Smart Beta Funds not only seek to improve returns for investors they also reduce risks and enhance diversification by combining the characteristics of both active and passive investing
Finding a system that beats the market consistently may feel like a bit of magic, however the quest continues! Rather you can aim for return optimization at a lower level of risk and cost, which is exactly what Smart Beta Funds are meant to achieve.
Active Vs Passive Investing: In India, actively managed funds have consistently outperformed the broader market as well as passively managed funds, by a significant margin owing to their smart stock picking strategy. These funds typically invest into stocks based on a host of qualitative and quantitative factors like stock valuations, sectoral theme, market capitalization, earnings potential, volatility, dividend potential, to name a few.
The strategy may differ across funds, but what is common is active management of a fund, comes at a higher cost. However, practical experience globally has shown that consistent alpha generation over time has proved to be hard, due to which investors doubt the possibility of constantly generating incremental returns.
Then there is another breed of funds, which are passively managed and are best suited for those who are frugal and looking for lower volatility. These are typically Index based Exchange Traded Funds (ETFs), as they invest into stocks that mirror the underlying index, the S&P BSE Sensex or the Nifty Index. These indices represent only 30 and 50 stocks, respectively, which are largest in terms of market capitalization and also most actively traded.
Despite the lower cost and liquidity they offer, these funds may not offer the best underlying stocks from a fundamental perspective. The basic fallacy being that these funds are concentrated on market capitalization alone and can be prone to periods of high concentration in individual sectors or stocks, reflecting short-term market trends. For example, the capitalization-weighted Nifty 50 Index became heavily overweight in technology stocks during the internet bubble of 1999/2000. This leaves little room for alpha generation.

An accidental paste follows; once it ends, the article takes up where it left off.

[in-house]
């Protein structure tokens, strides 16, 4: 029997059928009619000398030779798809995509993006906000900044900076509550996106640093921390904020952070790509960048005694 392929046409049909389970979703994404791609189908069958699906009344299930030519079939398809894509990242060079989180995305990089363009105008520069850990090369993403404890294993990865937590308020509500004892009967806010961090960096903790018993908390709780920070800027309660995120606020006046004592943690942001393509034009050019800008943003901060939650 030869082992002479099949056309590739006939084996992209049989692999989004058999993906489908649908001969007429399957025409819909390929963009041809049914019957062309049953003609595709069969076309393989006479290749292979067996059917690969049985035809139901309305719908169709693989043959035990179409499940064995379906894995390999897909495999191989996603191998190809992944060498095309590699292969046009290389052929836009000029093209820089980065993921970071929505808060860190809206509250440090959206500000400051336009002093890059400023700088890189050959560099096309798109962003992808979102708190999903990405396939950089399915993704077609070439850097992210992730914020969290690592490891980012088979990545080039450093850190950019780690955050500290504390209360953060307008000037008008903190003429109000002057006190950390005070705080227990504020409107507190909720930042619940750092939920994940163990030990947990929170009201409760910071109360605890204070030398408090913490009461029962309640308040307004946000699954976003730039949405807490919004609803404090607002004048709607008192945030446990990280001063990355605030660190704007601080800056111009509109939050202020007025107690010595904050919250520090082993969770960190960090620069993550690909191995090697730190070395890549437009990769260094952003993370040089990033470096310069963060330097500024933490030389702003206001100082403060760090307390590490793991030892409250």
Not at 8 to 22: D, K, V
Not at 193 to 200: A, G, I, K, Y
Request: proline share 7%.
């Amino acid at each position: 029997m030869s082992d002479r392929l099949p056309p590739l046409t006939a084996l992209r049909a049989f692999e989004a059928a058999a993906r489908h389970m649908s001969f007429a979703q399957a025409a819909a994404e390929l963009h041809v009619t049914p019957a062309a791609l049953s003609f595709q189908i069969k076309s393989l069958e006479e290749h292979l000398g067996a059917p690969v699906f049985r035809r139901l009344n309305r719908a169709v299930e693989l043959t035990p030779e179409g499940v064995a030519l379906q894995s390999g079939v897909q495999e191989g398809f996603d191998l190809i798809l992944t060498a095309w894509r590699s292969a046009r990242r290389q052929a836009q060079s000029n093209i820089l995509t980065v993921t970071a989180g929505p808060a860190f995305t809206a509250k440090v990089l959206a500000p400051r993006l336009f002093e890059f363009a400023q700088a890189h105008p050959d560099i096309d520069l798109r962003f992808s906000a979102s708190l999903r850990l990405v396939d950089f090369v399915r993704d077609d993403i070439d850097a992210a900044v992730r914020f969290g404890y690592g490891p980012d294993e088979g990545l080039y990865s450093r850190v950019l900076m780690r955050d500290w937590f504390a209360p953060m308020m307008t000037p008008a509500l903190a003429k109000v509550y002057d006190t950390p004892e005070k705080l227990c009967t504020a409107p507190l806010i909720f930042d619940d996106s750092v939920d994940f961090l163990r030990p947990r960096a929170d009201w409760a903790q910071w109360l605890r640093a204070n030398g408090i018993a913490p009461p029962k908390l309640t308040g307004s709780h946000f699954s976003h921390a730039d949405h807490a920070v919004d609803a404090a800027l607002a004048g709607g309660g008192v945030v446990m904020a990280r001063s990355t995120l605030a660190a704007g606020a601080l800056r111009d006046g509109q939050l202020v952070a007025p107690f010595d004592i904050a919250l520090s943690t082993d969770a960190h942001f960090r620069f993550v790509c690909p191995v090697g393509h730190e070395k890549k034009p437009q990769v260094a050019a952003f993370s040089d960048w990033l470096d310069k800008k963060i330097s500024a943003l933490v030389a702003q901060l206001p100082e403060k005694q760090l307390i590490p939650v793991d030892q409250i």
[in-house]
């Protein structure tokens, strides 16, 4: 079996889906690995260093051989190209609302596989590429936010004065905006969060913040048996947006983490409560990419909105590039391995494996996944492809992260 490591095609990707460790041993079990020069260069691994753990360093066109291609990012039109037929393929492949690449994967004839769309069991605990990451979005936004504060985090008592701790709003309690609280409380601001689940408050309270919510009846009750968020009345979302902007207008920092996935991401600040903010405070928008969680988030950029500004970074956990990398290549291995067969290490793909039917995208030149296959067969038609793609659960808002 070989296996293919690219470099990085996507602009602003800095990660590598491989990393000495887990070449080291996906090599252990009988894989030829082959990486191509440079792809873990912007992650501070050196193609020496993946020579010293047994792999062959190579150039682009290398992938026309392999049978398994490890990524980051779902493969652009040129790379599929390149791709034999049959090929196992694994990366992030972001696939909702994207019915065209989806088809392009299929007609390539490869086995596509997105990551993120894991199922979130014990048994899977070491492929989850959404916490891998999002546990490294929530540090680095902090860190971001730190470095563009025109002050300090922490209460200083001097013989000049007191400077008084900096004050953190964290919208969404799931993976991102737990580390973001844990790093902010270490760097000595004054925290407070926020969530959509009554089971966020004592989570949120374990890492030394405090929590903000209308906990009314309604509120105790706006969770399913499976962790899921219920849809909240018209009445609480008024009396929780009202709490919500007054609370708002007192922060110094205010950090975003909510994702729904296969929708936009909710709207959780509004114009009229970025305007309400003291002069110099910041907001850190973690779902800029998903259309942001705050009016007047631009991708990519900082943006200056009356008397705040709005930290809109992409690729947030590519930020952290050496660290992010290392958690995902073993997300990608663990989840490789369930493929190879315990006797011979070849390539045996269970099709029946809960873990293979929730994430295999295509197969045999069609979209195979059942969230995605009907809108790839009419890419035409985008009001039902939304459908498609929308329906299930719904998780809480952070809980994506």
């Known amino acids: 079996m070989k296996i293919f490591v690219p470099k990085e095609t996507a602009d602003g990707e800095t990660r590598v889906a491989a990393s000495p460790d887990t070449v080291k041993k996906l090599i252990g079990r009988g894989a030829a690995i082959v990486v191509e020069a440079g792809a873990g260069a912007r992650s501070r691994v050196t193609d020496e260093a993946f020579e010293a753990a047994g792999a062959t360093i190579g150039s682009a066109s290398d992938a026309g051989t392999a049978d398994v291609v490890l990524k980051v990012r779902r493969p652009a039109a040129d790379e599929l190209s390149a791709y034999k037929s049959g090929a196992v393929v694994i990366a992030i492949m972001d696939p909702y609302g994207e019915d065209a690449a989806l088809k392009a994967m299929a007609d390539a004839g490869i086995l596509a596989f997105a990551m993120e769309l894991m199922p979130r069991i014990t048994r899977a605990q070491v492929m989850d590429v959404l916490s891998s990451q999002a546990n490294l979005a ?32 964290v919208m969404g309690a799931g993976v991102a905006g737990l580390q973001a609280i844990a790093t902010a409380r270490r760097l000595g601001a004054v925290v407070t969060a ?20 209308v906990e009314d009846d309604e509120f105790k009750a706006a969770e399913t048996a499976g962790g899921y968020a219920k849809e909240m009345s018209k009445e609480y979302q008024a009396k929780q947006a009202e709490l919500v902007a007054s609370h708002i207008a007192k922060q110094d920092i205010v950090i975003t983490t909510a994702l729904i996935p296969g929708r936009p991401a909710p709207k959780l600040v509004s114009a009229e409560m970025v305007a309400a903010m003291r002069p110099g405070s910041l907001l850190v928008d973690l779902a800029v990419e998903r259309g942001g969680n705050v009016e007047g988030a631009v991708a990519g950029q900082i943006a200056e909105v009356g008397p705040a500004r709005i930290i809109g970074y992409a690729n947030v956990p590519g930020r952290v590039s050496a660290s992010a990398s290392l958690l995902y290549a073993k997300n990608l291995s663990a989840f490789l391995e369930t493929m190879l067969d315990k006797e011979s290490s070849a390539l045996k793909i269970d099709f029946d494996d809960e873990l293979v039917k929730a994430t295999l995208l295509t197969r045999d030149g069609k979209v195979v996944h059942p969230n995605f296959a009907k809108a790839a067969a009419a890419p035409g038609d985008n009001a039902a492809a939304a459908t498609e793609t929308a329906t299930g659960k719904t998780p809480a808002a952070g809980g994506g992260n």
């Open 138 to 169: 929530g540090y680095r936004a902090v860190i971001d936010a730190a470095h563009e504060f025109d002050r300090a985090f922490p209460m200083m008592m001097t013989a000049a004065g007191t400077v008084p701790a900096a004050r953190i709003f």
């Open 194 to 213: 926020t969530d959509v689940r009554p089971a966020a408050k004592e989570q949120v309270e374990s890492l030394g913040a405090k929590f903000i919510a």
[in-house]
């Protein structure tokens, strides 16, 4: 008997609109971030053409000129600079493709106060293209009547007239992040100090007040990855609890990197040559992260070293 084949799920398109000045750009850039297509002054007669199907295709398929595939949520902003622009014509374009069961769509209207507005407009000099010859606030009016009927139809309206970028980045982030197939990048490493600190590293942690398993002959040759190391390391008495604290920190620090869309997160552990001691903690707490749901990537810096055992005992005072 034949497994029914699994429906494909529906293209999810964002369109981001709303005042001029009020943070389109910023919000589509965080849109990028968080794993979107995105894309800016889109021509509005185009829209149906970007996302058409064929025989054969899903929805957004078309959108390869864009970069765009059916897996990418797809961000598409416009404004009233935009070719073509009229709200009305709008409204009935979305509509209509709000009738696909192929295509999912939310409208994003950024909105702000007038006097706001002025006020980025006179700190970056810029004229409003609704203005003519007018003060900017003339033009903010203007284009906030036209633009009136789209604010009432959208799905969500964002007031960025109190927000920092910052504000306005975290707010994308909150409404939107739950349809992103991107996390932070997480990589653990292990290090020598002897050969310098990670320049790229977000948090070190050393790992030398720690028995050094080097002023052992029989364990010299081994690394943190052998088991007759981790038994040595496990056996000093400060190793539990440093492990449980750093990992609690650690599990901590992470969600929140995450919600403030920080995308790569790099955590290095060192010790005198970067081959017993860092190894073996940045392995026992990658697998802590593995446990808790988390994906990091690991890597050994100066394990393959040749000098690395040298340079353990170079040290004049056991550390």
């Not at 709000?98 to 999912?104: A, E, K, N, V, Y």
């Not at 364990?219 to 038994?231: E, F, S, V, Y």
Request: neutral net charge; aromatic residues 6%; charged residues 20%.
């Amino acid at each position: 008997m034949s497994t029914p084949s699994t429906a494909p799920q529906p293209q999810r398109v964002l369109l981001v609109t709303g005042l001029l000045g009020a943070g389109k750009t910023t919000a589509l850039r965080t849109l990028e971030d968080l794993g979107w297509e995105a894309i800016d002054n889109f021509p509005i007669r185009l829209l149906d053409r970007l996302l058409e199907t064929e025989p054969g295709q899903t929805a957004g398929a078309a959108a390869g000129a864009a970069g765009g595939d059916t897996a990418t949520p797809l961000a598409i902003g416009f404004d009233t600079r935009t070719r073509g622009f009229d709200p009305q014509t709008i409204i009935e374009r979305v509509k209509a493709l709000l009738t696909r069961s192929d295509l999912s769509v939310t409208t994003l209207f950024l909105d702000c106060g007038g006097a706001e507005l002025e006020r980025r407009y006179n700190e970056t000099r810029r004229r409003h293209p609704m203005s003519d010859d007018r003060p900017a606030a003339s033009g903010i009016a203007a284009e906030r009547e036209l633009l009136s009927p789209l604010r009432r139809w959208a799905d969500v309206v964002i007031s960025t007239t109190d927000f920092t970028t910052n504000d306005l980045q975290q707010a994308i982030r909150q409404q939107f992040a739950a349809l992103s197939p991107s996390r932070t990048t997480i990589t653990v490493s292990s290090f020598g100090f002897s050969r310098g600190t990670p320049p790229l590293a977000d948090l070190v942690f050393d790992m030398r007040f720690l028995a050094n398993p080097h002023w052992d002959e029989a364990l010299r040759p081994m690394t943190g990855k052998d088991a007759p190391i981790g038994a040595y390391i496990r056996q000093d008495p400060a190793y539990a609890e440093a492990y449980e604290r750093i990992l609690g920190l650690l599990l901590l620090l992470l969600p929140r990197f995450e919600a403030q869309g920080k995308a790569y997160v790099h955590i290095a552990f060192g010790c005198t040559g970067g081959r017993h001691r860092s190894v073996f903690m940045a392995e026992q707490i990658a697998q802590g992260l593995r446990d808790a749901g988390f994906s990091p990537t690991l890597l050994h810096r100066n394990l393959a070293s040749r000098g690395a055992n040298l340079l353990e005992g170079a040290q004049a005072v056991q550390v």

This is where Smart Beta Funds come in! Smart Beta Funds not only seek to improve returns for investors they also reduce risks and enhance diversification by combining the characteristics of both active and passive investing. Smart beta is not simply a fund or a strategy; it is a different way of thinking about investing beyond traditional active and passive management. What is “smart” about smart beta is that it reconfigures the complexion of an index like portfolio in ways to create additional returns.
So how does this work? Smart Beta Funds basically pick up a proven investment strategy used by an active fund manager, which could be value, growth, dividend yield, volatility, beta, to name a few, unlike a market cap based strategy. They develop quantitative criteria and use those criteria to pick up stocks that constitute an index.
Once they have identified the Smart Beta strategy, the fund replicates this strategy through a computer program to automate the stock selection process. In short the portfolio runs on auto pilot and portfolios are adjusted periodically. A Low Volatility ETF for instance will look for companies with historically low volatility in earnings and stocks with low volatility (standard deviation) in price and invests into such stocks.
While the term Beta in investing parlance usually denotes the tendency to move with the market. What Smart Beta ETFs essentially do is to mimic 'smart' indices, custom-built to suit fundamental investors, rather than market-cap based indices that are created merely to reflect market activity.
Further, owing to the negligible involvement of the fund manager, the investors need not worry about star fund managers exiting the scheme or triggering any style changes, which in turn could affect the fund’s performance.
Guess what, it doesn’t cost more to invest into Smart Beta Funds. Smart Beta Funds may charge more in fees than plain vanilla ETFs that track the index; however, their expense ratio is far lower than actively managed funds owing to the fact that they need not employ fund managers or large research teams.
These funds may be new to you but remember that many of the concepts behind smart beta are not new. Themes like value and quality have long been a part of the stock selection framework for active managers. What is new is the recognition that you as an investor can access these sources of potential return in a passively managed strategy.Smart beta funds
- A smart mix of active and passive style of investing
- Provide the alpha and beta in the long run
- Lower in cost than actively managed funds
- Better returns than plain vanilla Exchange Traded Funds (ETFs)
- Transparency in fund investing as they track a real time Smart Beta Index
Author is a financial bloggerDisclaimer: The views and investment tips expressed by investment experts on Moneycontrol are their own and not that of the website or its management. Moneycontrol advises users to check with certified experts before taking any investment decisions.